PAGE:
“… the right hemisphere is more concerned with living individuals than man-made objects. This flows naturally from its interest in whatever it is that exists apart from ourselves, and its capacity for empathy – as well as from its capacity to see the whole, where the left hemisphere sees an agglomerate of parts … it is the left hemisphere alone that codes for non-living things, while both hemispheres code for living things, perhaps because the living can be seen as independent individuals (right hemisphere) or as objects of use, prey, ‘things’, and so on (left hemisphere). However, at least one study has found a clear divide between the hemispheres, the left coding for the non-living, and the right for the living, regardless of the task … musical instruments, presumably because of the intimate way in which they take part in the life of the body, sort with the living rather than the non-living.”

-       (McGilchrist, 2019: Pp. 55)

What if we monitored the brains of mediums and/or recipients, and it showed that mental mediumship is a right-hemisphere-dominant experience, and that most psi tasks are left hemisphere tasks? What if these results showed that remote viewers and mental mediums are different kinds of people with different kinds of skills? If this is true, then the neural correlates of each would provide evidence that one cannot be a ‘straight swap’ explanation for the other. In short, many of the experiments that comprise MLAP are ‘object-centric’ having focused on viewing inanimate objects. Mental mediumship may be ‘person-centric’ - the verbal expression of the lived experience of another (deceased) human being. It would be fascinating to know whether the brains of mediums categorize contact with a deceased communicator as a task performed in relationship with a living thing.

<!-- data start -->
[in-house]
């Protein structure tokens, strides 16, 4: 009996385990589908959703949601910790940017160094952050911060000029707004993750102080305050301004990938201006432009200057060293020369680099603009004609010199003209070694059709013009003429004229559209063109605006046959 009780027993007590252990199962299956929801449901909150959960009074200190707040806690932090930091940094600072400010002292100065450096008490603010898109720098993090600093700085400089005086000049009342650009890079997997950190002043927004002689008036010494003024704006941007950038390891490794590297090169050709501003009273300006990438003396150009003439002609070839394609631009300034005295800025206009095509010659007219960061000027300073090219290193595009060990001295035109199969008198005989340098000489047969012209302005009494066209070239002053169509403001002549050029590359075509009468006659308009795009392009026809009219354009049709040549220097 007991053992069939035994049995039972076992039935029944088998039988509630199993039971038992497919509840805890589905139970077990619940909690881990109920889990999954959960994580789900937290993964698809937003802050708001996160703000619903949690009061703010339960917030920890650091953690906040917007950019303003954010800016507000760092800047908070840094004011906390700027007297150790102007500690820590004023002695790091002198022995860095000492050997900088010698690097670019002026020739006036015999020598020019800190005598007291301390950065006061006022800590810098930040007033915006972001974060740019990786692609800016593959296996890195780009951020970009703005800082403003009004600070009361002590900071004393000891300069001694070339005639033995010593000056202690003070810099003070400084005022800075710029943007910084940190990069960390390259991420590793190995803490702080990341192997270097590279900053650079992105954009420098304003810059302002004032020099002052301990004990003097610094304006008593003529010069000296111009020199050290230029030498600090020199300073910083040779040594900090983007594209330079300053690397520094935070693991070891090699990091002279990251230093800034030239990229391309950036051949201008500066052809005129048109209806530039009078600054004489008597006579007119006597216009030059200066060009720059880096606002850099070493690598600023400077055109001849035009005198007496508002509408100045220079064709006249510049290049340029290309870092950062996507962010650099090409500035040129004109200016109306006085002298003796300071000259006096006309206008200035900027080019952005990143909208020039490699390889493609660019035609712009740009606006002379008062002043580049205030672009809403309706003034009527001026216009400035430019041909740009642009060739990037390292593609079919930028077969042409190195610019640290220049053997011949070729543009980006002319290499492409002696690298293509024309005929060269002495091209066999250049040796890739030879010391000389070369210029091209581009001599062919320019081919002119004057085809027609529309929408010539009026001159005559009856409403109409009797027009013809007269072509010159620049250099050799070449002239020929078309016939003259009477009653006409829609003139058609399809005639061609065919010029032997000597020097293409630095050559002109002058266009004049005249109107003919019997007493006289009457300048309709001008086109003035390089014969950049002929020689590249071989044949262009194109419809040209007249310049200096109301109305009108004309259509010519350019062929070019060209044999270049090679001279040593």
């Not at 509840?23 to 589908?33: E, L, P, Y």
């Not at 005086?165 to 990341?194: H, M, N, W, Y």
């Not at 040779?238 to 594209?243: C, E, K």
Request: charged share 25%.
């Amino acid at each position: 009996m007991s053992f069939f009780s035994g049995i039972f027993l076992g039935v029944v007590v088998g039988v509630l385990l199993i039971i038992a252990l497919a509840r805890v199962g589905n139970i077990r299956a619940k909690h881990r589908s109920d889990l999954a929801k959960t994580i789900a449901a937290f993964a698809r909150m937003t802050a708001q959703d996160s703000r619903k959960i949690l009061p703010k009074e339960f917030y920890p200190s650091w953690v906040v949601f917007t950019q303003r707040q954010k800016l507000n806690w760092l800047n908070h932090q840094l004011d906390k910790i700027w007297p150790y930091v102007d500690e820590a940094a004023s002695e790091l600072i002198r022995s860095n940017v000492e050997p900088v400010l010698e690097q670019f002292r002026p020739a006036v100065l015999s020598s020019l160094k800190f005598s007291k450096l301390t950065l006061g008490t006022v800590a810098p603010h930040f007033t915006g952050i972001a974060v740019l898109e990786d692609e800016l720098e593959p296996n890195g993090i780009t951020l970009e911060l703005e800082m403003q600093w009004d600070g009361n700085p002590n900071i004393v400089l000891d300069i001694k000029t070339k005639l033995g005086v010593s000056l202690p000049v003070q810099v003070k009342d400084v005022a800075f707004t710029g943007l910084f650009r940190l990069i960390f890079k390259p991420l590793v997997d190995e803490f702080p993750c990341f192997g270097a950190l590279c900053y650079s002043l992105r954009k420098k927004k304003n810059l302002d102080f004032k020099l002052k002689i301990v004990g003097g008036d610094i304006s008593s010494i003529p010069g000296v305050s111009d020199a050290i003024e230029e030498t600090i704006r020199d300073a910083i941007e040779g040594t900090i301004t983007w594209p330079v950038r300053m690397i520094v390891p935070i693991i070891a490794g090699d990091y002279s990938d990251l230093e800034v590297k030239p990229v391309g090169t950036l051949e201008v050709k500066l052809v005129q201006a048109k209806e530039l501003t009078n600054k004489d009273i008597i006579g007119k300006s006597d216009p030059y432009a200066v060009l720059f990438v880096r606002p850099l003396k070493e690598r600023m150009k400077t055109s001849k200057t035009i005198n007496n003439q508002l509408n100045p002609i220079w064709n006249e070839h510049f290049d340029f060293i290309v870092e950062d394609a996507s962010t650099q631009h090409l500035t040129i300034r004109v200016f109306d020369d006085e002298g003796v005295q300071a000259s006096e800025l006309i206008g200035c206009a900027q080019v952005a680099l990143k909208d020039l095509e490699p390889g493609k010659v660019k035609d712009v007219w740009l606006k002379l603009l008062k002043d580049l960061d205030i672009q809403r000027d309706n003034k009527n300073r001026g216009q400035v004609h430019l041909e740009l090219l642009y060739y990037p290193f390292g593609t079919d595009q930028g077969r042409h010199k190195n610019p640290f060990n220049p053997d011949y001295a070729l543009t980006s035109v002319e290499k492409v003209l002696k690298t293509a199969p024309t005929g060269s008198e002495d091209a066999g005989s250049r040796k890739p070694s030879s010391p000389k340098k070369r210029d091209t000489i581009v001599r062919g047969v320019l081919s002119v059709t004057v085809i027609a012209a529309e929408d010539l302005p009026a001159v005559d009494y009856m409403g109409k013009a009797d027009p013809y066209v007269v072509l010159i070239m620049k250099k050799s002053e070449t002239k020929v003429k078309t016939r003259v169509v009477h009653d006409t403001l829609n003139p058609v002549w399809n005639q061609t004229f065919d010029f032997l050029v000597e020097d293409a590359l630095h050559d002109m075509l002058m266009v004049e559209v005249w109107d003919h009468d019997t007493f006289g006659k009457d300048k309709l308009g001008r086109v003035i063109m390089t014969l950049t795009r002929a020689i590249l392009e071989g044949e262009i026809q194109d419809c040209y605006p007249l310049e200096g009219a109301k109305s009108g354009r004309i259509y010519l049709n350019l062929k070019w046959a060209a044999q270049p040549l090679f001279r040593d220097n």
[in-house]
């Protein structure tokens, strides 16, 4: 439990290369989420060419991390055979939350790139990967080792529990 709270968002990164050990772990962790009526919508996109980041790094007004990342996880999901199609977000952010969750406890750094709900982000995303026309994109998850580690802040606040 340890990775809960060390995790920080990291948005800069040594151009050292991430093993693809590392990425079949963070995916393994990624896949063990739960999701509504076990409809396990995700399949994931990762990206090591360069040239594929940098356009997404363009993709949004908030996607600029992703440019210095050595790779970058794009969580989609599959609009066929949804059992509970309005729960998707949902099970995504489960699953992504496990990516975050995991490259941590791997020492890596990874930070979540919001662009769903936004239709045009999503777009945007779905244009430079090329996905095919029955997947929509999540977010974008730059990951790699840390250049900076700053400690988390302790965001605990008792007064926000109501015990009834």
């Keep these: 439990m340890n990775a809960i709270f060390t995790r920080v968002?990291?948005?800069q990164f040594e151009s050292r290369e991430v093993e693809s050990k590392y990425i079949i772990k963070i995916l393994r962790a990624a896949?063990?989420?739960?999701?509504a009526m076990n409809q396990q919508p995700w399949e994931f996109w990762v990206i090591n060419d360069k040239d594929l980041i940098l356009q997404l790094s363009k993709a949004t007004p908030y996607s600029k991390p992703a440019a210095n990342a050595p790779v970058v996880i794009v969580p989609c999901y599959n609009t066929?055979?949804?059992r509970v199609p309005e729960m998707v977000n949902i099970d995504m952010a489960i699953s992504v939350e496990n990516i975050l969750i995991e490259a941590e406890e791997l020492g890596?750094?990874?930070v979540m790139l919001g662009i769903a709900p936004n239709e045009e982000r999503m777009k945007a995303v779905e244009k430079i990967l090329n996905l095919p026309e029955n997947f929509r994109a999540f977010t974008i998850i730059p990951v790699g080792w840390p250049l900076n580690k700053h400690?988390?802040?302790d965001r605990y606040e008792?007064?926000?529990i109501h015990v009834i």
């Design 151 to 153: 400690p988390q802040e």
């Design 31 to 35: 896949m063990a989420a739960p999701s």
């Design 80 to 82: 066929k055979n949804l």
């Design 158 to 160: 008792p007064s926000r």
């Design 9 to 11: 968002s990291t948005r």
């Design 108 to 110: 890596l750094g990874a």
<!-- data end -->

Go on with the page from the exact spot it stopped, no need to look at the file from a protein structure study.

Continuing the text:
Neuroscientific experiments could confirm whether left hemisphere dominance is present in successful cases of object-focused psi, and right hemisphere dominance is present in successful cases of mental mediumship. If this proved correct, then it would eliminate MLAP (a left hemisphere skill possessed by left-hemisphere-dominant personalities) as an alternative explanation for mental mediumship (a right-hemisphere skill possessed by right-hemisphere-dominant personalities). This would significantly strengthen the argument that MLAP is not the cause of the data of mental mediumship, leaving survival as the only known alternative.